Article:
Do you feel it was important — theologically, culturally, politically — that Onward Christian Soldiers be rewritten and at this particular time?
The fact that Islamophobia, xenophobia, overt and covert racism, and other ugly social realities are still so strong in our heavily churched culture tells us that our churches are either a) avoiding these topics, b) trying to address them but failing, or c) often working on the wrong side of these issues. I wish “b” were the case, but I think it’s more often “a” and “c.” The book I’ve just finished, The Great Spiritual Migration … challenges church leaders to take these issues on — not as political issues, but as essential aspects of Christian discipleship.
Are you hoping for any particular impact?
The most important impact happens over decades. In this case, if we get more and more worship teams making policy decisions to stop using dangerous warfare language and to stop avoiding the essential Christian discipleship theme of peacemaking … and then if we help congregations sing powerful songs that celebrate this and other important themes, then five, 10 and 50 years from now, a cumulative impact will build.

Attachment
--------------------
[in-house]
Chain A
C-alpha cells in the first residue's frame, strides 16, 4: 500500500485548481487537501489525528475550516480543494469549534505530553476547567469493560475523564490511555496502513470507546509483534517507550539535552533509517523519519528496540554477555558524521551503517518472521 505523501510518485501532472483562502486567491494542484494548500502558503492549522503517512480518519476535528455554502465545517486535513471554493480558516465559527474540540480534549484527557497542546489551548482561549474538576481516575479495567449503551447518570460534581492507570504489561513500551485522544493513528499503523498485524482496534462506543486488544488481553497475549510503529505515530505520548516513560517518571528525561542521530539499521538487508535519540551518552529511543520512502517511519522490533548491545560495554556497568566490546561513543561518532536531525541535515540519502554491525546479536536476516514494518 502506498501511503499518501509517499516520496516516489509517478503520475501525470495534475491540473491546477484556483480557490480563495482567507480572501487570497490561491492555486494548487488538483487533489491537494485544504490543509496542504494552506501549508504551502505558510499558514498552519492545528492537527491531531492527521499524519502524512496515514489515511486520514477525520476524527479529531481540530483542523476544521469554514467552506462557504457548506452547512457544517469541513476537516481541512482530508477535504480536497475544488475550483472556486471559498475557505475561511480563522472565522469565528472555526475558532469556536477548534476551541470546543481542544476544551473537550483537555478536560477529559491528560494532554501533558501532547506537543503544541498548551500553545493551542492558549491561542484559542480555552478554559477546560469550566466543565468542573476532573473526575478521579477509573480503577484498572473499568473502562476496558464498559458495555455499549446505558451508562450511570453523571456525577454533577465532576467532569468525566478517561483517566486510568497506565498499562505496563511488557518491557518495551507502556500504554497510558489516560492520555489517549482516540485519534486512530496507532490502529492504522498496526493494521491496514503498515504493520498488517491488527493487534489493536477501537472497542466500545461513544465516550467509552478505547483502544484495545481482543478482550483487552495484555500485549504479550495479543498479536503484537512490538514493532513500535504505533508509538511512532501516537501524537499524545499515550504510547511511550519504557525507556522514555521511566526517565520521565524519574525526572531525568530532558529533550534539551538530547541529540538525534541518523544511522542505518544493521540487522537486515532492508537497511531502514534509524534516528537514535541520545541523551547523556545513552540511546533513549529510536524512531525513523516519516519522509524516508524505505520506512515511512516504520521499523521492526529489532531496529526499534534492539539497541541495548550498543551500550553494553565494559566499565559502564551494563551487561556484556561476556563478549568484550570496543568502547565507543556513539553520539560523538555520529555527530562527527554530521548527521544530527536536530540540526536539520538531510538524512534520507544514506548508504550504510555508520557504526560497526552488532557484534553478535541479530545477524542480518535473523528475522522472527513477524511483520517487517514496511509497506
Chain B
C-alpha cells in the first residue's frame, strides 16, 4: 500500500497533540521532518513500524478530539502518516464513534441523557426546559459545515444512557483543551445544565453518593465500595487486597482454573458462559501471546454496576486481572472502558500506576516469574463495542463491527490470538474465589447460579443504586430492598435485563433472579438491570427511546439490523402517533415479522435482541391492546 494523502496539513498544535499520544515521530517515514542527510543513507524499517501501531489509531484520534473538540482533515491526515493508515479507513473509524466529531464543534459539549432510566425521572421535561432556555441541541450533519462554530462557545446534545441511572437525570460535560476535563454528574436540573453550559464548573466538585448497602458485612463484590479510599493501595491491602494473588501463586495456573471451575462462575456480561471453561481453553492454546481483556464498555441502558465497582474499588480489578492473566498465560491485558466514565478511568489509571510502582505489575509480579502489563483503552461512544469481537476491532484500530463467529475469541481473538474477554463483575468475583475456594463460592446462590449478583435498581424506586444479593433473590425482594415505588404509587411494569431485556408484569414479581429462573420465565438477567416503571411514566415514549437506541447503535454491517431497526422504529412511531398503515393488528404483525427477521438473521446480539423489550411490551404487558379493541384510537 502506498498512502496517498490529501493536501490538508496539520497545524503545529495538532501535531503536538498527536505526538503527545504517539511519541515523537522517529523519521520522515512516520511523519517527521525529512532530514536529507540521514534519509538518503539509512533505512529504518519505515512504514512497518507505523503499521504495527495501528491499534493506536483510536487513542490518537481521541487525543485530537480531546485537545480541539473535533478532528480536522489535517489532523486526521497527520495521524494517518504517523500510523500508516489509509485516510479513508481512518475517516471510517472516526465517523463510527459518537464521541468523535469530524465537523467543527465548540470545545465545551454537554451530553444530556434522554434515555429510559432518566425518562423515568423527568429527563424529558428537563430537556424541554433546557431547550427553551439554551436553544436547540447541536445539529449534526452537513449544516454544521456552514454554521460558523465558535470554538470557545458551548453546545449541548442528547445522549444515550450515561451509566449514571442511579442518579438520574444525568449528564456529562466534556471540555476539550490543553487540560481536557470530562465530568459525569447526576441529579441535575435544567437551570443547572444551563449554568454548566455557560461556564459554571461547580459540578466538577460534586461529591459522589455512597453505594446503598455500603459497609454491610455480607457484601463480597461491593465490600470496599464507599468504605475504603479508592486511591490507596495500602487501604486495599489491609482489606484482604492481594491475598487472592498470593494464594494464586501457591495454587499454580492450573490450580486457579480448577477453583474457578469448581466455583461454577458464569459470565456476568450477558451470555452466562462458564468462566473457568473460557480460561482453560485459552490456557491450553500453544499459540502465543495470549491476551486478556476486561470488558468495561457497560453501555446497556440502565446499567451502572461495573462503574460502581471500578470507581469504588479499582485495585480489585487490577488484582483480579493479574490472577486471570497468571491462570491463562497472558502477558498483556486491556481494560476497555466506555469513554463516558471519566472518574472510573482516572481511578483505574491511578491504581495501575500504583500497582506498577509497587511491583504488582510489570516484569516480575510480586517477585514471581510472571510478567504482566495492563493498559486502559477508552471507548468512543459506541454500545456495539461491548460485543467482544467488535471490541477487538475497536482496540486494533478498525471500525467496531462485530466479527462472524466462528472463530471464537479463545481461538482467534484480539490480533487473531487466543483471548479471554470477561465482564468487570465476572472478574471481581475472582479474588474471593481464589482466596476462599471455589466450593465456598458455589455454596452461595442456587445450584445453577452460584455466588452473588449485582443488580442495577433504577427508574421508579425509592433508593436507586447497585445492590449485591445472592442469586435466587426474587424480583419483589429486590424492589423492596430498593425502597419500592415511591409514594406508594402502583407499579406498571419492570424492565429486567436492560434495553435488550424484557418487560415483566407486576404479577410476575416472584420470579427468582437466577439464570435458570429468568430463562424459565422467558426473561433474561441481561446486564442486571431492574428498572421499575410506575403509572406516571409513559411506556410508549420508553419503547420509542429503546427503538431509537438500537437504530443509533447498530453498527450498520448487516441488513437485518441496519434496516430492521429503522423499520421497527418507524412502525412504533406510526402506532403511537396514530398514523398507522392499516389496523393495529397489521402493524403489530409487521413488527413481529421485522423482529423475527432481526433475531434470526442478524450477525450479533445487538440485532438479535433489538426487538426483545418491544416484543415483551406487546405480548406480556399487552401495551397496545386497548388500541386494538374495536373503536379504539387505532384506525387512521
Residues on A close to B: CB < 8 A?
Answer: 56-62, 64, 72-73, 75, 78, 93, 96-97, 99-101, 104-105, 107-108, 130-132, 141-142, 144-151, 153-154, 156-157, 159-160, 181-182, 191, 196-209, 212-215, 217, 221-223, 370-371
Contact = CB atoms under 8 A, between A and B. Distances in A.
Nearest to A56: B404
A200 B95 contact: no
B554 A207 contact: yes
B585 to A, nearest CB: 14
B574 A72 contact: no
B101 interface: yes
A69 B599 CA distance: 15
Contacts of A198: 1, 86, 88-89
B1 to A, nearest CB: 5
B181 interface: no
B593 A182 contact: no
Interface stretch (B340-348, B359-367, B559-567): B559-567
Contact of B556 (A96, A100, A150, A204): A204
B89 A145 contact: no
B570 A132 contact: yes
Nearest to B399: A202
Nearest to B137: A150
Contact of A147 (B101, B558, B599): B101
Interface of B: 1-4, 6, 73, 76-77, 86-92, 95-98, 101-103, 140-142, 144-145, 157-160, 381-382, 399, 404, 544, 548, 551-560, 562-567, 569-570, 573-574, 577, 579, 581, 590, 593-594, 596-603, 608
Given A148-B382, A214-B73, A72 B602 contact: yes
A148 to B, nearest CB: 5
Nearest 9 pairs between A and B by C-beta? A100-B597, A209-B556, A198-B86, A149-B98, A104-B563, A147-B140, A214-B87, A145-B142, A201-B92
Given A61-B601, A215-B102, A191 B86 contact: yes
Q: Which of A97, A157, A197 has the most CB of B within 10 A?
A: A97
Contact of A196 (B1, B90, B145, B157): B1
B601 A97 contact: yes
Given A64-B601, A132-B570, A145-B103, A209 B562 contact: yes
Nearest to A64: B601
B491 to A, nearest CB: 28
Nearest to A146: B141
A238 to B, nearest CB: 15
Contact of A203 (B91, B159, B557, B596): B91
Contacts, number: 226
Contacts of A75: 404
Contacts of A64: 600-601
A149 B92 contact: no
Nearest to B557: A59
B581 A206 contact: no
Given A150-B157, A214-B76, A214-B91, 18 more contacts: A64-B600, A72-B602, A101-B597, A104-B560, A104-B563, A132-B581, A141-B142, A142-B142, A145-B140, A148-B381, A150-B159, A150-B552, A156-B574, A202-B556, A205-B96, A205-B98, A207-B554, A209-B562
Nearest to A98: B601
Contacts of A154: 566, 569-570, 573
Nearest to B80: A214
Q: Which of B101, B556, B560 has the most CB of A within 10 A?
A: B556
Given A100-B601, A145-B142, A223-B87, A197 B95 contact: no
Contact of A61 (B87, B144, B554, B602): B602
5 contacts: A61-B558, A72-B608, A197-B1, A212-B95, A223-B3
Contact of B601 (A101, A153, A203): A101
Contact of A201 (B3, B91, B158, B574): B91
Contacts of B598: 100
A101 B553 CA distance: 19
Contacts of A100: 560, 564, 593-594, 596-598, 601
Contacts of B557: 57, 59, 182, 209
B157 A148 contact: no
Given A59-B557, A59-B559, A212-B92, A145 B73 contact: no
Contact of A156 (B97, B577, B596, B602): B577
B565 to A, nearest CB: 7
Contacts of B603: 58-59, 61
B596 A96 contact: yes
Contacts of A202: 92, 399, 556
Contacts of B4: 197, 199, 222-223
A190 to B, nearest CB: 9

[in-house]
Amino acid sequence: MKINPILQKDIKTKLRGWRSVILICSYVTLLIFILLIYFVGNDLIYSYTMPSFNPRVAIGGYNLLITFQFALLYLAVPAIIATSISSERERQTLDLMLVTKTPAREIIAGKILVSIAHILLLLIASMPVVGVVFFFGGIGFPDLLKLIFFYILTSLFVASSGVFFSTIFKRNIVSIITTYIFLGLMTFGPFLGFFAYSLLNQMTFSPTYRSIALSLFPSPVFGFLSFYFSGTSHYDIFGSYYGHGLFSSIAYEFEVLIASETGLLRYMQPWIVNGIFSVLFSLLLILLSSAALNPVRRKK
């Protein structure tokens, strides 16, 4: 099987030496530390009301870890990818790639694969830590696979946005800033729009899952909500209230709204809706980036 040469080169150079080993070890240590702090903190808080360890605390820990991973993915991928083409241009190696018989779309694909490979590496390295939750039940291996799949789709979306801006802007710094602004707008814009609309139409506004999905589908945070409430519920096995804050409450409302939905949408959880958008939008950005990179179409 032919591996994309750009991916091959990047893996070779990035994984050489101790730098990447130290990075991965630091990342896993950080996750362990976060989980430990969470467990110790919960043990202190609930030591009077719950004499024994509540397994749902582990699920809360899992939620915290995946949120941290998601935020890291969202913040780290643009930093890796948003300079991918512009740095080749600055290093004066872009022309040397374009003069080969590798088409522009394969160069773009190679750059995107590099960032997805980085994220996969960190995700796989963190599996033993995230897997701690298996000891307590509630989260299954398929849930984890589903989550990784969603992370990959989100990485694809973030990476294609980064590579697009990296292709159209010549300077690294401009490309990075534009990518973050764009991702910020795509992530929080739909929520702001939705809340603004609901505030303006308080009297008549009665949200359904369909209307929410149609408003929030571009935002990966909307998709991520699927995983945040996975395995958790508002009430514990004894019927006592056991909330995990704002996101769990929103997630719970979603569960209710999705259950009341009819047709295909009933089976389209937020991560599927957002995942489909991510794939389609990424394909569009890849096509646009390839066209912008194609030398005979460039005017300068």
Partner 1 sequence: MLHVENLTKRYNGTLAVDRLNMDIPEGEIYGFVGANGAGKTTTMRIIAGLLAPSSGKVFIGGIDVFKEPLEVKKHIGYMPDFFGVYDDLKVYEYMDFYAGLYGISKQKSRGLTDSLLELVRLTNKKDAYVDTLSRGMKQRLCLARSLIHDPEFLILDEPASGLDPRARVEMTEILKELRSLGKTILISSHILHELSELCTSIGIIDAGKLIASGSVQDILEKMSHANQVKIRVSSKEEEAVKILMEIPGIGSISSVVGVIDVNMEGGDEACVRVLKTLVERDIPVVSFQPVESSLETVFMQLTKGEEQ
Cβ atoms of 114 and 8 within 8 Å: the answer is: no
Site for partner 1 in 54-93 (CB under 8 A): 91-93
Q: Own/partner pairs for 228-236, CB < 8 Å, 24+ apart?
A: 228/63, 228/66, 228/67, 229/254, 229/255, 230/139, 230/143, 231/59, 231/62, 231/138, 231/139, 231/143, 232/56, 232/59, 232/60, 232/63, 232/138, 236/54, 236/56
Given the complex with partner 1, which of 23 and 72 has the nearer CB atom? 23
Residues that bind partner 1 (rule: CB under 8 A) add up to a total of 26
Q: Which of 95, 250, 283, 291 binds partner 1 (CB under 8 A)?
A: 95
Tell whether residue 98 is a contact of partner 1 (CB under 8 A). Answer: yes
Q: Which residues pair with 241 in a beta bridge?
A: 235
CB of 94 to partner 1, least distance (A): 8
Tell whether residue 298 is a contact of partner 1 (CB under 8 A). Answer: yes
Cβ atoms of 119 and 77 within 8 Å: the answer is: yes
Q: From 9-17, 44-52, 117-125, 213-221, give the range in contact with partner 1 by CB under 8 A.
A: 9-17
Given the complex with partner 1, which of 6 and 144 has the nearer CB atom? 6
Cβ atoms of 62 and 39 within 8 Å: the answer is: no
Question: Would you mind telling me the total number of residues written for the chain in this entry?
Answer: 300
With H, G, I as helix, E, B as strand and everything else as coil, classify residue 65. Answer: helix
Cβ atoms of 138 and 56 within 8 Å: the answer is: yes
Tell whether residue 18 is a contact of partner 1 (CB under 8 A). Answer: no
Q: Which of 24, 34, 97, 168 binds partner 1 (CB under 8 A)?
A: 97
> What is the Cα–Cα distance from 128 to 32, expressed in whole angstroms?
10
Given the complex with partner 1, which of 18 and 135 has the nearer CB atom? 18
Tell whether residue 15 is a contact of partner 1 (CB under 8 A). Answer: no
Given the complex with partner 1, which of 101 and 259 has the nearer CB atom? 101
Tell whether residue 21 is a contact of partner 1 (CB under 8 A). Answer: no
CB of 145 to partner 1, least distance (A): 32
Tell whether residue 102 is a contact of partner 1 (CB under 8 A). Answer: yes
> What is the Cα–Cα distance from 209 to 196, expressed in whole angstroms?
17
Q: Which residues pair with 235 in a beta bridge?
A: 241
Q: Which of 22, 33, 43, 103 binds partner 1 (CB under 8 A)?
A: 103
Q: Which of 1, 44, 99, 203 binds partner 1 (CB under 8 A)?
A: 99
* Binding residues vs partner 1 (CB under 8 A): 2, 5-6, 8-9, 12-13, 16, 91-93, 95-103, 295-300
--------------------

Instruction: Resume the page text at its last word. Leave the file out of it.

What do you find disturbing about the hymn?
So much about the original hymn is disturbing to me. For example, it speaks ambiguously of “the foe” — which could (in the minds of some) refer to our neighbors outside the church. It would be very different if it identified “the foe” as, for example, corporate greed, racism, domestic violence, apathy or pride. But the ambiguity leaves room for trouble, I think. The hymn models Christian mission on warfare “against flesh and blood” — the very opposite of what Jesus and Paul taught ….
What theological expression does your version offer instead?
It shocks me, really, when I think about the prominence of peacemaking in the teachings of Jesus, to see how little attention we pay to the subject in Christian devotion and discipleship. So I would hope that singers of this hymn would begin to internalize the identity of being peacemakers, and I would hope they would see this as a more beautiful and transcendent calling than the original lyrics suggest.